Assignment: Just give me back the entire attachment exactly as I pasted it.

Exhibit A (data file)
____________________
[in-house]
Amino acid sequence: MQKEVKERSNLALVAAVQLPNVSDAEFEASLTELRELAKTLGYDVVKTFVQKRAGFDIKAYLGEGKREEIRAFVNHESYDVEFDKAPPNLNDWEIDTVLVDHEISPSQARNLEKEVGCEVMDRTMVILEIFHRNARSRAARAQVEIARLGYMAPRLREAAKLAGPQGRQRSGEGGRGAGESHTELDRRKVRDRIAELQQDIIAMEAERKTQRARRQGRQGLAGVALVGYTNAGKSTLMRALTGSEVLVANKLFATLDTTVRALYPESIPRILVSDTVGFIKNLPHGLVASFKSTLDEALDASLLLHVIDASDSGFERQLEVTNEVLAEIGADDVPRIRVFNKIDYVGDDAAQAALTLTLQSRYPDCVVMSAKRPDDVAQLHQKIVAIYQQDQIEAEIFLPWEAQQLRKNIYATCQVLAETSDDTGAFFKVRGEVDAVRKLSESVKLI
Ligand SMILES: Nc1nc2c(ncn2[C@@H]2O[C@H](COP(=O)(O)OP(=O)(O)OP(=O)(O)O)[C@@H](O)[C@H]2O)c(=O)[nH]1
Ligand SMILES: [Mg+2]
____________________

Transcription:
[in-house]
Amino acid sequence: MQKEVKERSNLALVAAVQLPNVSDAEFEASLTELRELAKTLGYDVVKTFVQKRAGFDIKAYLGEGKREEIRAFVNHESYDVEFDKAPPNLNDWEIDTVLVDHEISPSQARNLEKEVGCEVMDRTMVILEIFHRNARSRAARAQVEIARLGYMAPRLREAAKLAGPQGRQRSGEGGRGAGESHTELDRRKVRDRIAELQQDIIAMEAERKTQRARRQGRQGLAGVALVGYTNAGKSTLMRALTGSEVLVANKLFATLDTTVRALYPESIPRILVSDTVGFIKNLPHGLVASFKSTLDEALDASLLLHVIDASDSGFERQLEVTNEVLAEIGADDVPRIRVFNKIDYVGDDAAQAALTLTLQSRYPDCVVMSAKRPDDVAQLHQKIVAIYQQDQIEAEIFLPWEAQQLRKNIYATCQVLAETSDDTGAFFKVRGEVDAVRKLSESVKLI
Ligand SMILES: Nc1nc2c(ncn2[C@@H]2O[C@H](COP(=O)(O)OP(=O)(O)OP(=O)(O)O)[C@@H](O)[C@H]2O)c(=O)[nH]1
Ligand SMILES: [Mg+2]